In case you’ve been wondering where I’ve been, I haven’t given up on Weight Watchers or gained back a ton of weight. This month has been a hectic blur between cruising, mourning a loss, flying to NYC for 18 hours to get a new cat (long story), new job stuff (more about that later!), etc. I’ve missed quite a few WW meetings so I haven’t done my usual weekly weigh in updates. My weight is still hovering around where I was during the holidays.
I was gone for a week on a cruise at the beginning of January. I was up about 4 lbs after my cruise but I have since taken it off. I ate and drank whatever the heck I wanted during the cruise. I did work out a few times and walked a lot, so that may have been the difference between gaining 4 or 10 lbs.
In case you didn’t see on my various social networks, my cat Hank died right before I got back from my cruise. So for about a week after getting home from my cruise, I didn’t feel like eating. Which was good and bad – good because I shed pounds (but not in a healthy way, obviously), but bad because I didn’t jump right back into my regular eating habits. For example, I was skipping breakfast and not cooking proper dinners. That weird week of eating made it even harder to jump back into my routine. I also haven’t been great about tracking my food this month. In fact, I didn’t track at all during January until last week. I really need to work on this, because I definitely end up eating more when I don’t track.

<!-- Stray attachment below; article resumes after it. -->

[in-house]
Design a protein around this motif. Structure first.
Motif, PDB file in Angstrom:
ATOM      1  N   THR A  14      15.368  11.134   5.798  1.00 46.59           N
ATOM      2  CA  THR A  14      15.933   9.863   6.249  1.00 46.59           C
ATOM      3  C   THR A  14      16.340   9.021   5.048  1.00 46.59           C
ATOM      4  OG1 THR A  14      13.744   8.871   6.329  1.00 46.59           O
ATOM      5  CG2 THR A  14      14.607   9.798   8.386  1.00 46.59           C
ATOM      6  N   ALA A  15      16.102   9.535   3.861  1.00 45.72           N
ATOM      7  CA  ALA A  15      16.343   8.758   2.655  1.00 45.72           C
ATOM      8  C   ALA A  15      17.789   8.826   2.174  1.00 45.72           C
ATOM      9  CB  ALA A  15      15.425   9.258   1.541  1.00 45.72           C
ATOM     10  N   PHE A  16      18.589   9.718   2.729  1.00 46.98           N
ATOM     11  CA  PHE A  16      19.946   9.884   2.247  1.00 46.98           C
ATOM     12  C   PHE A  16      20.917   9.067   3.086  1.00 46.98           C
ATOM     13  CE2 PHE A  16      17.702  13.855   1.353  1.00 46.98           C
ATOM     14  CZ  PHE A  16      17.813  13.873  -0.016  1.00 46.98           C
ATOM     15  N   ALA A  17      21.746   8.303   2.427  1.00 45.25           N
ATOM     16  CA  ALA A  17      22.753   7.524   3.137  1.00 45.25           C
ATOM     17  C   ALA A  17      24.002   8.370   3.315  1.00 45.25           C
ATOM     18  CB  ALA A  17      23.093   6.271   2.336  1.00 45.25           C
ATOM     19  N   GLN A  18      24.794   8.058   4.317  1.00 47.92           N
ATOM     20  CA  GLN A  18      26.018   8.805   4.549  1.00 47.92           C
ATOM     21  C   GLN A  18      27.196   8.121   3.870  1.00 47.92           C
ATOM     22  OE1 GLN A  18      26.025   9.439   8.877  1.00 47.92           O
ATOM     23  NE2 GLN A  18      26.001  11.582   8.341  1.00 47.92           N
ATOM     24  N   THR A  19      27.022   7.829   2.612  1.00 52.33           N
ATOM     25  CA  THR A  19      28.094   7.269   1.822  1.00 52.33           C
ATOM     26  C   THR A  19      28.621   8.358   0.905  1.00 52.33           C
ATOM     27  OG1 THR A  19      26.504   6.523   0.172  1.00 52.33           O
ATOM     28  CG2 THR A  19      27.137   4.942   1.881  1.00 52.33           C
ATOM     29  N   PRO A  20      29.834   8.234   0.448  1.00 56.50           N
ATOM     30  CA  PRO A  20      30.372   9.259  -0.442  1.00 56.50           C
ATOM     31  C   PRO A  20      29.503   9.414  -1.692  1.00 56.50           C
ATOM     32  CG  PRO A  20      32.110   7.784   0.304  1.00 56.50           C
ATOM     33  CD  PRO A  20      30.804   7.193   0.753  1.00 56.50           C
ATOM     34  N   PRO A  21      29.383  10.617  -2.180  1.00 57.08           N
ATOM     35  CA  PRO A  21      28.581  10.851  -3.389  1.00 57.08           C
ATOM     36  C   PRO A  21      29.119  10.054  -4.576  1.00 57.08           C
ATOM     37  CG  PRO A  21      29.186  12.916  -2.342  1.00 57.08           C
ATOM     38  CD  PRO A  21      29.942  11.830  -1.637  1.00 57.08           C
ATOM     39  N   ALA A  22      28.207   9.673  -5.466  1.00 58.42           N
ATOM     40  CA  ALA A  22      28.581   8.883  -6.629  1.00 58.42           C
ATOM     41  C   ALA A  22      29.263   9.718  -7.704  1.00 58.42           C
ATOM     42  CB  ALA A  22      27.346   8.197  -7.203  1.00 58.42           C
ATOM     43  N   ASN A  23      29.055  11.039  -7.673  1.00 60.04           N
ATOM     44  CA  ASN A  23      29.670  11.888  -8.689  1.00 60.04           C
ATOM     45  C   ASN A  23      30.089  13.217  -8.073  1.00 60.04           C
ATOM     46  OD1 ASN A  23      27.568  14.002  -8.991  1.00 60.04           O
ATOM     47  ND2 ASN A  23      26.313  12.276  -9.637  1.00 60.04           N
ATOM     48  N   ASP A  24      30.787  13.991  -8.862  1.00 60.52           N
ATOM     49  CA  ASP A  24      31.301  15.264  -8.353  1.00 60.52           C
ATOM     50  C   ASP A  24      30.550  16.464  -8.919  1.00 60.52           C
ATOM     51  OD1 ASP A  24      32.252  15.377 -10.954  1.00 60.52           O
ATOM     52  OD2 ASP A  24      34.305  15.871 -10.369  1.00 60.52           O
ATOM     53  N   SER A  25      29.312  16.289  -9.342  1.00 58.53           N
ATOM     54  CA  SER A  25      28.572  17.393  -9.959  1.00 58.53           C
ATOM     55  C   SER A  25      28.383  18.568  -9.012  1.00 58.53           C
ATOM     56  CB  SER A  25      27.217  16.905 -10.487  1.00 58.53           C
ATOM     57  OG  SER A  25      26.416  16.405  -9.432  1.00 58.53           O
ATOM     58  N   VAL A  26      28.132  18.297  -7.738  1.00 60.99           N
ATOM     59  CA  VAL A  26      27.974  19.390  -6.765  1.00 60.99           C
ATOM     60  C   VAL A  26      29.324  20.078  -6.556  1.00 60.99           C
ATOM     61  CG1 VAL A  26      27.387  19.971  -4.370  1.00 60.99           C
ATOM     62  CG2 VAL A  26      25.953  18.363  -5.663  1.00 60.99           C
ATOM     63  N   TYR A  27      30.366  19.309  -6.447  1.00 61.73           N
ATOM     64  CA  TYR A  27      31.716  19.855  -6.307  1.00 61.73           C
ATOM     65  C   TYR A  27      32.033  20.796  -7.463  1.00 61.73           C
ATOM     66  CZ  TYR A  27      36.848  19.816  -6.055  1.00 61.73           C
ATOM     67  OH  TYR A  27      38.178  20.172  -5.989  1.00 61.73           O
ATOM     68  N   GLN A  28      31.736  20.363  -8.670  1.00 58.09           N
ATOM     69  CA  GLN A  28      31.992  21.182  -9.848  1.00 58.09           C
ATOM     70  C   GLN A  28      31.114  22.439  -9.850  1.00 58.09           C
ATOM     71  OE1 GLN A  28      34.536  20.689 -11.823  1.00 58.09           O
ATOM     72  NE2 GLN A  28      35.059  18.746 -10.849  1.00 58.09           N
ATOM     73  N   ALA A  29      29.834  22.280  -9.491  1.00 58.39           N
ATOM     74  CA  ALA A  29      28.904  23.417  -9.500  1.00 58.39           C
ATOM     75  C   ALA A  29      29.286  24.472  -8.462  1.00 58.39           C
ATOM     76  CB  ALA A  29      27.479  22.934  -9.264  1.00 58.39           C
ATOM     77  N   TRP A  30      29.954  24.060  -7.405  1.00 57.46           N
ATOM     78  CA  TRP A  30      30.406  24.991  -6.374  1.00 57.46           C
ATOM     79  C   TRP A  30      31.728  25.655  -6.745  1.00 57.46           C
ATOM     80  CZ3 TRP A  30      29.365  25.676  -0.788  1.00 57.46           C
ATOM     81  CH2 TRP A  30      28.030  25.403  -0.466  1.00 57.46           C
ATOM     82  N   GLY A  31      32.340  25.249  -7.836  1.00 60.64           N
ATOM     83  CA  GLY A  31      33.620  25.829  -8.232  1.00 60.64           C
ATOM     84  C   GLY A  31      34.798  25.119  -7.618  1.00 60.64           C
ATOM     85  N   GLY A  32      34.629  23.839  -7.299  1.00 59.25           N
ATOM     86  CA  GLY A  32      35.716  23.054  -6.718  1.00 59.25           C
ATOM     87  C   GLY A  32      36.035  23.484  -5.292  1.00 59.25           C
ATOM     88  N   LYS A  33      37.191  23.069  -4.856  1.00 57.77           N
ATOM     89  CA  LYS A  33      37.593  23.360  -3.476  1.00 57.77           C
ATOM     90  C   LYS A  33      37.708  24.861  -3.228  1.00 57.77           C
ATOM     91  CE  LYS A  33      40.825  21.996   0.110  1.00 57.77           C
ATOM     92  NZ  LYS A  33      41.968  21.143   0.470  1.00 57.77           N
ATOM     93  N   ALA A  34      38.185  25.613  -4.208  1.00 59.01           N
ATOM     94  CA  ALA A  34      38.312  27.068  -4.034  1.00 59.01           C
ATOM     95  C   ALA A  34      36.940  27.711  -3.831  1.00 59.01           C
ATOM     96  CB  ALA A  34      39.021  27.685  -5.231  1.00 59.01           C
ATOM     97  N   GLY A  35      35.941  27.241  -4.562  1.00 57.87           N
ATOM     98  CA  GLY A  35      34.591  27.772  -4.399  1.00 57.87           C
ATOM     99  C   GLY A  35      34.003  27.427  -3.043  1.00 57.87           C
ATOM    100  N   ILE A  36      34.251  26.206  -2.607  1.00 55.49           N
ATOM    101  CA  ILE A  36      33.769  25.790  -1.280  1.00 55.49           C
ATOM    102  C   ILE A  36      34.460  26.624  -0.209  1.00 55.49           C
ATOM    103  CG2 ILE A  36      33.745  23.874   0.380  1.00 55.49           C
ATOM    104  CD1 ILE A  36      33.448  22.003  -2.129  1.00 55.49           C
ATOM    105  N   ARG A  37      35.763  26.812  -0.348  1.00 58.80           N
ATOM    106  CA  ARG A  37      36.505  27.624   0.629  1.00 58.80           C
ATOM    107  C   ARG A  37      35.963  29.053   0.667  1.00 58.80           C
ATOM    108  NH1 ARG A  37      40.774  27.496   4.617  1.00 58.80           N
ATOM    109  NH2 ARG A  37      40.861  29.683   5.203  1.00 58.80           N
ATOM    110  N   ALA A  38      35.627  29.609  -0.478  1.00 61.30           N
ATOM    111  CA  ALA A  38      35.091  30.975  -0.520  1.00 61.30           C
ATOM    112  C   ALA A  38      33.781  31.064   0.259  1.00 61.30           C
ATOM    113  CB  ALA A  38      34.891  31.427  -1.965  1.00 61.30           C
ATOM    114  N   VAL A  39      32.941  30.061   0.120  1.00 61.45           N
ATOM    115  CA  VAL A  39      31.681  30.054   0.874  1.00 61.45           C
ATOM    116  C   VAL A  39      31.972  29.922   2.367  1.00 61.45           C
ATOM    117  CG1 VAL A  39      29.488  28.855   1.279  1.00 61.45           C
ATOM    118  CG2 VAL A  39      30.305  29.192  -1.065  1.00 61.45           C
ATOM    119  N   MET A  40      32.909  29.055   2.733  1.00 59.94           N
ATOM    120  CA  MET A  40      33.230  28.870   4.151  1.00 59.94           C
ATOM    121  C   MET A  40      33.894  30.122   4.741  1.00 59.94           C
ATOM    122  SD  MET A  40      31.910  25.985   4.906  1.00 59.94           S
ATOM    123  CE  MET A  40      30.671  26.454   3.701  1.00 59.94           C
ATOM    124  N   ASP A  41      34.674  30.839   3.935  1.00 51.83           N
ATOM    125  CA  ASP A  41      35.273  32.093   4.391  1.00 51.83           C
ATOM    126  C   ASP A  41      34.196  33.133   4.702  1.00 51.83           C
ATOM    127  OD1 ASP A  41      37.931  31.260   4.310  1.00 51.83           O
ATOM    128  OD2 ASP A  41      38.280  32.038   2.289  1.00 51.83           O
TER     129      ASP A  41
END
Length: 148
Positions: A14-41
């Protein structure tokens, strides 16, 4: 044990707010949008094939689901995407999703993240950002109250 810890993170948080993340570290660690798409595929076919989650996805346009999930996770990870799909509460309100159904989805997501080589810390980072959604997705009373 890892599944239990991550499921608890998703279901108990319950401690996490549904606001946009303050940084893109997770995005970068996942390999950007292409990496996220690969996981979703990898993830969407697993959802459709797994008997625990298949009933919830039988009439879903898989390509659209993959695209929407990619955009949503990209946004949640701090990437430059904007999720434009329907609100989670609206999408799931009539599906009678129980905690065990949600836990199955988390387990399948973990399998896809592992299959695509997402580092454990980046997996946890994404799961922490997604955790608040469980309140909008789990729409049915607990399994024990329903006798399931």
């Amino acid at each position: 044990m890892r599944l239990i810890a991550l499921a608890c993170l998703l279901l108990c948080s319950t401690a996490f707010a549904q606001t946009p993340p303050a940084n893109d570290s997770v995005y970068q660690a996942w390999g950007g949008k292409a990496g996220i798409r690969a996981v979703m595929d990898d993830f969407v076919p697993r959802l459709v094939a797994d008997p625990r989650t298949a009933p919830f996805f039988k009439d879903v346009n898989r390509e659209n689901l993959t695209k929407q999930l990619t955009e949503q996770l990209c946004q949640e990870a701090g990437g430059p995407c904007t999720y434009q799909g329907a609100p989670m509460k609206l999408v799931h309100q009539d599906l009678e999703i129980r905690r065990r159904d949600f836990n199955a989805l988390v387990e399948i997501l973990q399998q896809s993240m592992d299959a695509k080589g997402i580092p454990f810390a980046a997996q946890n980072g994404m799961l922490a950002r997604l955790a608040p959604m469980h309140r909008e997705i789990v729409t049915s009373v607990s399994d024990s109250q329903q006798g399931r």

I was no where close to “perfect” all month, and that’s OK. In the past, this would be the exact point where I quit, gained back weight, and found myself recommitting months later.
But here’s the thing…
When you think of weight loss as a deadline, how you do one day, week or month can make or break you. When you think of it as a long-term lifestyle that has no real “end” (not even when you hit your goal weight… because maintaining can be even tougher than losing), then it’s so much easier to bounce back. One day, week or month of so-so behavior doesn’t mean you threw everything away.
What really matters is that you recognize when you need to regroup and get back to moving forward, however gradual, in the right direction.